One of the great things about living in small town America is you can always find interesting people, businesses and places. One of the things I love about New Hampshire is, that while 7-11 and Cumberland Farms are ubiquitous in their offering of convenience 24 hours a day, the family owned country store is still readily available. The country store offers something that the chain stores cannot offer – a unique experience.
About 3 or 4 times a year, I get a craving for Twizzlers. It’s like clockwork – about every 100 days I get a Twizzler itch and it must be scratched. Today that itch came while I was driving through a small New Hampshire town, which luckily had one of the aforementioned country stores.
As I pulled into the store parking lot, I immediately took note of the non-descript, cement-block-of-a-building with a fading olive green paint scheme. High, near the roofline, a sign told potential customers everything they needed to know:
CIGARETTES – COLD BEER – GAS – DELI
Now, THAT is a mission statement that anyone could understand and get behind. “When you come to our store to fill yer tank, we’d be obliged to sell you smokes, brew, and a large Italian sub with lettuce and tomato.”
The process improvement facilitators across the land with their black belts in how to re-engineer any company’s mission statement and develop your corporate vision statement, could learn an awful lot from this Mom and Pop outfit. The people who own this country store are not “Providng 21st Century customer service focused on the needs of our clients, community…”
Oh shut up! We sell Marlboros and 12-packs of Coors Light.
In the front of the building there was a long flower box, built about two feet high, just about the length of the entire store front. It didn’t look like any flowers had grown there in a very long time. It was really just a box of dirt, with gum wrappers, drink lids, cigarettes, and a few weeds. As I pulled into my parking spot I noticed a small humanoid sitting on that very flower box.
He or she had longish snow-white hair a sheepish, toothless grin on his face. I got a better look as I shifted my truck into park. This was a male, probably in his late 60’s. He appeared to be healthy. His height was hard to tell because he was seated, but I estimated he was no more than 5’ 2” tall. His head was large but seemed to be balanced on his body rather than connected to it. His shoulders were small and slumped – not from discouragement – but rather from a lifetime of bad posture. He wore a very tight shirt and it appeared his upper body was without bone structure. His torso was gelatinous.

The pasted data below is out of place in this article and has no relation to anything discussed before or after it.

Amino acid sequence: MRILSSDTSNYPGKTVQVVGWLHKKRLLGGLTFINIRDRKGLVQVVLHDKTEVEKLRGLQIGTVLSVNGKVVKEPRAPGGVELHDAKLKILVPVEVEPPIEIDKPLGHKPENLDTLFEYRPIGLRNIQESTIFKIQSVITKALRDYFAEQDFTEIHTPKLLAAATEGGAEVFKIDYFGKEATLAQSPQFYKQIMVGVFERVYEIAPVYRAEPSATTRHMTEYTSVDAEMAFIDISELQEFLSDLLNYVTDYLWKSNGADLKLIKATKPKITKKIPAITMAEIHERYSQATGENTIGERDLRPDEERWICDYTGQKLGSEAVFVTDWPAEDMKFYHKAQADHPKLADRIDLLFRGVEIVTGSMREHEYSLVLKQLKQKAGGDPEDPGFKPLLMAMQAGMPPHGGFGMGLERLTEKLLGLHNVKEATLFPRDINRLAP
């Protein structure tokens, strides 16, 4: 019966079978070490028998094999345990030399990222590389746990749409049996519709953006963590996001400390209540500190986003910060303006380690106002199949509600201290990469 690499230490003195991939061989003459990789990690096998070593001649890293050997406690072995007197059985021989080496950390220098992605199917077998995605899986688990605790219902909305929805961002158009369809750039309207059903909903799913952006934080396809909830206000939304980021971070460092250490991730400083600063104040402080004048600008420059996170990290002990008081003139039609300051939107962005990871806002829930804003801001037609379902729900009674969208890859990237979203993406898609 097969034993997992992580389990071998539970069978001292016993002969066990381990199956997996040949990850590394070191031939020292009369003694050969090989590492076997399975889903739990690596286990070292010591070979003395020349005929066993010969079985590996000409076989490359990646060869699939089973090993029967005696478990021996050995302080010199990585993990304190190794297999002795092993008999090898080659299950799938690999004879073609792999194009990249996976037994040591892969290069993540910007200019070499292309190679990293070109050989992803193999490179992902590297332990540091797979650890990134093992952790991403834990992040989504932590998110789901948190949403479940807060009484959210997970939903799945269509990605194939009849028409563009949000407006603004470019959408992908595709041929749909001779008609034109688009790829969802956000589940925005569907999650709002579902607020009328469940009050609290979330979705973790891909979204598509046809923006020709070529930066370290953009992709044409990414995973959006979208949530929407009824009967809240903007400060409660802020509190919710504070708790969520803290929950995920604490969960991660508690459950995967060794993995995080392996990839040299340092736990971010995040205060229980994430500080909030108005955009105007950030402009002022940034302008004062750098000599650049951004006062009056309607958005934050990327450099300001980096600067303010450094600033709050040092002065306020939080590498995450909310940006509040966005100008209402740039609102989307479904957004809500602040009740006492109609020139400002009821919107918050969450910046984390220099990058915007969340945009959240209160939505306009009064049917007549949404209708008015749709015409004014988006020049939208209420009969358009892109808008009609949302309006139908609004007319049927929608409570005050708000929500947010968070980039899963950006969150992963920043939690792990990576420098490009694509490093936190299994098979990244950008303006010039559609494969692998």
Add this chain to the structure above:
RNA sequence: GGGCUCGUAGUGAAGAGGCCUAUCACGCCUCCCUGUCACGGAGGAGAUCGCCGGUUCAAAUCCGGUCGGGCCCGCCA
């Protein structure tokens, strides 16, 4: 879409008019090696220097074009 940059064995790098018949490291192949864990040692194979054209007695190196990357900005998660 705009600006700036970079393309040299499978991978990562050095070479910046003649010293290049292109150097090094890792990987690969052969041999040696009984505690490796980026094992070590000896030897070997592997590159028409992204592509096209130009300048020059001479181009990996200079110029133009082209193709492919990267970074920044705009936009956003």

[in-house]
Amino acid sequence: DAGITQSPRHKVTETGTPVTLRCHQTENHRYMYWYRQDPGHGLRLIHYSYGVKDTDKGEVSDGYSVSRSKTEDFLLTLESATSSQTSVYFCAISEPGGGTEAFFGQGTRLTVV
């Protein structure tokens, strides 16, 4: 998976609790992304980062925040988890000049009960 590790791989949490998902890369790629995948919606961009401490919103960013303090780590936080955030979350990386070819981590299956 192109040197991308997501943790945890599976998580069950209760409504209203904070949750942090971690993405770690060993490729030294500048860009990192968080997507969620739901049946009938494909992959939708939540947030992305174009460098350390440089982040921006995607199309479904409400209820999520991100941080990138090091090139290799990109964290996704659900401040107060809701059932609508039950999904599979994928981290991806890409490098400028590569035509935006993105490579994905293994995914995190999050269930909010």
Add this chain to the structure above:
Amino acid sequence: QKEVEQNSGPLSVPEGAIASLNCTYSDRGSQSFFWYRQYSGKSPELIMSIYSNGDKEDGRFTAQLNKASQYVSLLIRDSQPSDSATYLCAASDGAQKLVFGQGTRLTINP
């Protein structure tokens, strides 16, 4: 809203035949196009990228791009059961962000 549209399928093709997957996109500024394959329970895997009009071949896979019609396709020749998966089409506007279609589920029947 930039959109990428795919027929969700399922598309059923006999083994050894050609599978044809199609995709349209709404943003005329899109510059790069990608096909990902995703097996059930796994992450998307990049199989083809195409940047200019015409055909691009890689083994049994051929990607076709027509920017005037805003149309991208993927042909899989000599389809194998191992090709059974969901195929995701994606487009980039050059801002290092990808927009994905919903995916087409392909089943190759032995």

It could have been simple lack of exercise. Although, I imagined that he was at one point over 6 feet tall, but over the course of his life he had lost 4 – 6 ribs and 5 – 7 vertebrae under very mysterious circumstances.
When I was a kid, one of my favorite TV shows was the Creature Double Feature that was played every Saturday afternoon on UHF channel 56 out of Boston. Typically, the movies broadcast were b-moves in black and white that weren’t all that scary. Occasionally, I’d get creeped out by Vincent Price (The Tingler!) or by the Wasp Woman (Roger Corman classic). But for the most part it was not so scary giant lizards, vampires, werewolves, and aliens.
One Saturday, when I was probably 9 years old, Channel 56 broadcast a very chilling film. It was a movie that took place on a remote island that somehow had mutant turtle-like creatures that fed on bones. I can’t remember if these turtles were from outer space or a nuclear experiment gone wrong. In any event, the turtles would attach themselves to unsuspecting cows and suck the entire skeleton out of the cow’s body. All that was left was a mushy cowhide pile and a boneless cow head with a surprised look on its face.